Palate: Semi-dry with a velvety mouthfeel. Hotter than expected. Maple candy, a bit of grassiness.

Finish: Maple syrup, sweet cinnamon. Fades fairly quickly.

Mixed: Good in an Old Fashioned and in a cocktail I found called a Ste. Agathe made with triple sec, lemon juice and grenadine but it didn’t hold up in one I tried called an Original (shot of whisky with a teaspoon each of sweet vermouth and grenadine). A cocktail from the Collingwood website called a Collingwood Classic (muddled orange peel, bitters and syrup) was tasty and refreshing. Orange seemed to work well with the rye and maple notes in the whisky.

Parting words: “Mellowed” with maple staves in a stainless steel vat after aging, Collingwood is a relatively new addition to the Michigan state list. I’m not sure why that term is used and not  finishing or infusing. Mellowing has the potential to confuse consumers who may be more familiar with the mellowing process used by B-F’s cash cow Jack Daniels. Jack Daniels is filtered through a vat filled with maple charcoal after distilling, so there’s beyond the use of maple wood, there’s no similarity.

I’m not familiar with Collingwood’s sibling, Canadian Mist, so I can’t make that comparison but Collingwood compares favorably with other Canadians in the $20-$35 range. It’s not as good as Gibson’s Finest, but better than Crown Royal and Forty Creek Barrel Select. Plus the maple finishing adds an extra element that justifies a couple extra bucks.

The bottle looks like it should contain aftershave but it does fit easily on a shelf and comes with a built-in pourer like a 175 ml bottle.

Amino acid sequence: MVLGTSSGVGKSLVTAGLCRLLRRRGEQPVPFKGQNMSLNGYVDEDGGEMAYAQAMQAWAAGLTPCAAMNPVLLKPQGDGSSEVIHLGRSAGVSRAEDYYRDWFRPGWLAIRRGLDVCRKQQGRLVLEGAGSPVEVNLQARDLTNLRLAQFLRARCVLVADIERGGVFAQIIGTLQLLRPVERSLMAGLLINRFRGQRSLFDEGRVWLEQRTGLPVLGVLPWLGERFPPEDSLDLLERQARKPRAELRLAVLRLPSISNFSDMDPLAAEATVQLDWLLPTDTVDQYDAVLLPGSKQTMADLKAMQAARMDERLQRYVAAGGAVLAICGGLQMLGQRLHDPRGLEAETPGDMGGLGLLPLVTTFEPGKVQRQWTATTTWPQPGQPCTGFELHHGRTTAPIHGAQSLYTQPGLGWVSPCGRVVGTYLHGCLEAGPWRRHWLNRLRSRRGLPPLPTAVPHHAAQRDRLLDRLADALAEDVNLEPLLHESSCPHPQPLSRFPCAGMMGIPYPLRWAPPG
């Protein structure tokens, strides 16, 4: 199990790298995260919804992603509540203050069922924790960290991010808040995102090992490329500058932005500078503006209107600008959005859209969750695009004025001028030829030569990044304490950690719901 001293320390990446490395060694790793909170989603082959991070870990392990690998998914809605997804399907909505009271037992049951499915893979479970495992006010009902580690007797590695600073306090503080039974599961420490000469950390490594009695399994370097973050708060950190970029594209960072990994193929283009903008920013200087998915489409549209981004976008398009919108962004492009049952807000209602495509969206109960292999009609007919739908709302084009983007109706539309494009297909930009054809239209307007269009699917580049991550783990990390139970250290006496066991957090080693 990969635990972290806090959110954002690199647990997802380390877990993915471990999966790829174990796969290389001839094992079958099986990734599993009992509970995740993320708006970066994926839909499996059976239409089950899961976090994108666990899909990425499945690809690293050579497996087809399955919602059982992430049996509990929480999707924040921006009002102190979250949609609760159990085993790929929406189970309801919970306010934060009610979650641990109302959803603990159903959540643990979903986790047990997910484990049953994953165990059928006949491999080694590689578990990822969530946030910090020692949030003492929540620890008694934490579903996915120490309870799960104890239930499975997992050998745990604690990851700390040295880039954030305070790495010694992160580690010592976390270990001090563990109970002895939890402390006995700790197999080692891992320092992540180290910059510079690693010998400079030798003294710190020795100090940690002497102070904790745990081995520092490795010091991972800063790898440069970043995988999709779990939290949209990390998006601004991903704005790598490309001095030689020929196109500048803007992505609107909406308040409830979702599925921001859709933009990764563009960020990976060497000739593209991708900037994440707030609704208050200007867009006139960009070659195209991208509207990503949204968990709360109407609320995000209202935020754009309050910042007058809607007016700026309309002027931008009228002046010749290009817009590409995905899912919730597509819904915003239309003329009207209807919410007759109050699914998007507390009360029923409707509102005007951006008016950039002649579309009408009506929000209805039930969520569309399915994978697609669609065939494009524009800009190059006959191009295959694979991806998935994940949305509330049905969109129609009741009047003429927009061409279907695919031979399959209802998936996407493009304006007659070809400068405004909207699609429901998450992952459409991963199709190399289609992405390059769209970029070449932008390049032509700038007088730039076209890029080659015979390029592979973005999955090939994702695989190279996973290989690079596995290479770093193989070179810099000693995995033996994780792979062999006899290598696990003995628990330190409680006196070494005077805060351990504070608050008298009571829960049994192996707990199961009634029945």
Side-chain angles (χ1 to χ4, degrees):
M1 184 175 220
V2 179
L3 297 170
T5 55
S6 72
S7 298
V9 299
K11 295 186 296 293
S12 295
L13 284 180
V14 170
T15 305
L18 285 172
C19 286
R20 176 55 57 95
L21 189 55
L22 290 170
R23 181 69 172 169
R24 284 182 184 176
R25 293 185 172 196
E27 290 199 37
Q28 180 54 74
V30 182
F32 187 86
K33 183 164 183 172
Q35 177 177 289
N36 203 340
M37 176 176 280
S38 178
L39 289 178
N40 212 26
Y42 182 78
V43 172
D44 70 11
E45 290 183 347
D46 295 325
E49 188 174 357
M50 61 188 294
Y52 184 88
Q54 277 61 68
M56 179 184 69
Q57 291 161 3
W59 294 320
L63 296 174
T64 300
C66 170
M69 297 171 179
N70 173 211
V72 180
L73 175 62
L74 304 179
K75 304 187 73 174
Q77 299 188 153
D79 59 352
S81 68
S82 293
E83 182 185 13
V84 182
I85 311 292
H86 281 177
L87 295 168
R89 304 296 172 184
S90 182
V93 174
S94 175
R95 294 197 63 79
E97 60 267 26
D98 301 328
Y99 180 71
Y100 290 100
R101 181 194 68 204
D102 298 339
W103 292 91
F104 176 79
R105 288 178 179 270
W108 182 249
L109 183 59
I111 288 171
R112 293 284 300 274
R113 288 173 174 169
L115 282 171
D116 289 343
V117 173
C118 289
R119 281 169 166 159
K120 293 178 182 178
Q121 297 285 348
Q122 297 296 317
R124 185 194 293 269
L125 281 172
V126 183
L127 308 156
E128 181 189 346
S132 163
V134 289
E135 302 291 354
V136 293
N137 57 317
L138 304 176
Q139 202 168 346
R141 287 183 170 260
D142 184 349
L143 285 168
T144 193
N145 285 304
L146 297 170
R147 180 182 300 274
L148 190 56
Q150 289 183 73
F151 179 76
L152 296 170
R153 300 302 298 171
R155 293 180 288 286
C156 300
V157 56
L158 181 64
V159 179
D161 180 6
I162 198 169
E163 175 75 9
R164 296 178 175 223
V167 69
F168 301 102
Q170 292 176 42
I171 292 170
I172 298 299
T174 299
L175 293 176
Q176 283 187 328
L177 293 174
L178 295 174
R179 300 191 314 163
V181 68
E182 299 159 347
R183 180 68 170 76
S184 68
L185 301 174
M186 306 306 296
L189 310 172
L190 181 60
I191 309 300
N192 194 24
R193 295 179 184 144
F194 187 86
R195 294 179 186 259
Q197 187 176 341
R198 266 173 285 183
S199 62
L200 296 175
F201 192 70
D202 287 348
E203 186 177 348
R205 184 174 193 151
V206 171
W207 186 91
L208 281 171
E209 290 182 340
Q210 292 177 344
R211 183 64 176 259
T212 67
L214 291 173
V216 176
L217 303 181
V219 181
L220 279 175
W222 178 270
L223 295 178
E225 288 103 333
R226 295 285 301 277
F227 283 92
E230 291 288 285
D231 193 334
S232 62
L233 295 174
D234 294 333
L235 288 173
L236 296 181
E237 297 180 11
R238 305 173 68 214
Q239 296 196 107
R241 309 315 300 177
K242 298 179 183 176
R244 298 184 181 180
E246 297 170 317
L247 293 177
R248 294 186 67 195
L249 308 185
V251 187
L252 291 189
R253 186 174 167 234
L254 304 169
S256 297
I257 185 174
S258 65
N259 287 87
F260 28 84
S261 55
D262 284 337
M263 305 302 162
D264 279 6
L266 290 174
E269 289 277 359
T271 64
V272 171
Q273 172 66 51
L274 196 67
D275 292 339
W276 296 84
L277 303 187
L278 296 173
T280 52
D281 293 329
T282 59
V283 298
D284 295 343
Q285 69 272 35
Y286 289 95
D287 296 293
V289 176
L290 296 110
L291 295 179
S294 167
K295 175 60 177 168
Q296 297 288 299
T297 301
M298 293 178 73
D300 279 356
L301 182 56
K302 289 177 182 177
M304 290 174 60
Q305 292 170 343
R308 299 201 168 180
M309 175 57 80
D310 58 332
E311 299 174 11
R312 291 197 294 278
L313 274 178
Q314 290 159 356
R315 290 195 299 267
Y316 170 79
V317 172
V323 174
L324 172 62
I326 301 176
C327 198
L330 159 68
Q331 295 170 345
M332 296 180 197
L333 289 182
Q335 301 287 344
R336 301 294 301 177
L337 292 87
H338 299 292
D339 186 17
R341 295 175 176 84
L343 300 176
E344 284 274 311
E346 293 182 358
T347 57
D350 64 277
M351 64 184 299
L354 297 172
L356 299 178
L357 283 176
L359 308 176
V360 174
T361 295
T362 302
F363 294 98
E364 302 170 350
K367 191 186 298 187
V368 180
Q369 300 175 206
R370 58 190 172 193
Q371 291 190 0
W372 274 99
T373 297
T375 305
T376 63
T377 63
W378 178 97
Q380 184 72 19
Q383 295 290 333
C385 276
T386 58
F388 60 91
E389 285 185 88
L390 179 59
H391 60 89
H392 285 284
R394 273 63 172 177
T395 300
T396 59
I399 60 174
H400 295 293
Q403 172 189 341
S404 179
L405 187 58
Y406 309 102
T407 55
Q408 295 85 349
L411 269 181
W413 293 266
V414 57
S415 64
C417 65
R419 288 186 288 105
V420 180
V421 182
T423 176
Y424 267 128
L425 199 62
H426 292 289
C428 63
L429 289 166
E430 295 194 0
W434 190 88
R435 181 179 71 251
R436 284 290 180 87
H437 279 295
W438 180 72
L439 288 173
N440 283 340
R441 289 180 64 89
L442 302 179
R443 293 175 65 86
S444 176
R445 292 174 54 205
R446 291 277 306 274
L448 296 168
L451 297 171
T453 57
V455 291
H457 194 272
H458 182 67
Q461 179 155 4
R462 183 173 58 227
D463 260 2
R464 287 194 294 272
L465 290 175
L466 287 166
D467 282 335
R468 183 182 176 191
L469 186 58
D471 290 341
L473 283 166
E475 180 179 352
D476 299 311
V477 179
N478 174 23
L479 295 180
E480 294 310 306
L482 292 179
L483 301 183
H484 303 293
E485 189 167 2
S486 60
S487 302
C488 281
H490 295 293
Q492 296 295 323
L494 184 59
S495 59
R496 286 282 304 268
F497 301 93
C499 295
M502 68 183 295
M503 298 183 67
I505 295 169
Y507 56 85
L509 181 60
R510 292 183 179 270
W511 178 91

Collingwood works best as a quality mixer or a casual post-supper sipper. Recommended.

Head to Head: Woodford Reserve vs. Woodford Reserve Double Oak

WR: Woodford ReserveWR vs WRDO

WRDO: Woodford Reserve Double Oak

Maker: Brown-Forman, Louisville, Kentucky, USA

Style

WR: Standard Recipe bourbon

WRDO: Bourbon finished in a toasted then lightly charred oak barrel

Age: NAS

Proof: 90.4 (45.2% ABV)

Michigan Minimum Price (750 ml)

WR: $36

WRDO: $60 (purchased for $50)

Appearance

WR: Copper with thin legs.

WRDO: Slightly darker with pronounced necklacing.

Nose

WR: Alcohol, oak, dried oregano, homemade caramels.

WRDO: Leather, oak, black walnut, alcohol.

On the palate

WR: Full bodied and sweet. Burn, brown sugar, a touch of cayenne and not much else.

WRDO: Medium bodied and tannic. Alcohol, brown sugar, oak.

Finish

WR: Sweet and slightly oaky with some candy. Then lots of burn.

WRDO: Very oaky. Black walnut, fresh oak, fades into alcohol and then away fairly quickly.

Parting words: Woodford Reserve is a popular whipping boy for bourbon enthusiasts. The knocks on it are that it’s young, overpriced, underpowered and its success is all marketing and packaging and no substance. Knocks on the Woodford Reserve Master’s Collection, a series of experimental annual releases have been similar but even more harsh.

It’s hard to argue with those points. Woodford is expensive for an NAS of 90 proof with little in the way of distinctive tastes or aromas. Woodford Double Oak, a rebarreled version of Woodford with a strong resemblance to the Seasoned Oak Master’s Collection release, adds some needed oak, but not much in the way of depth, unfortunately.

Both fare well in manhattans, but I don’t recall trying them in any other cocktails.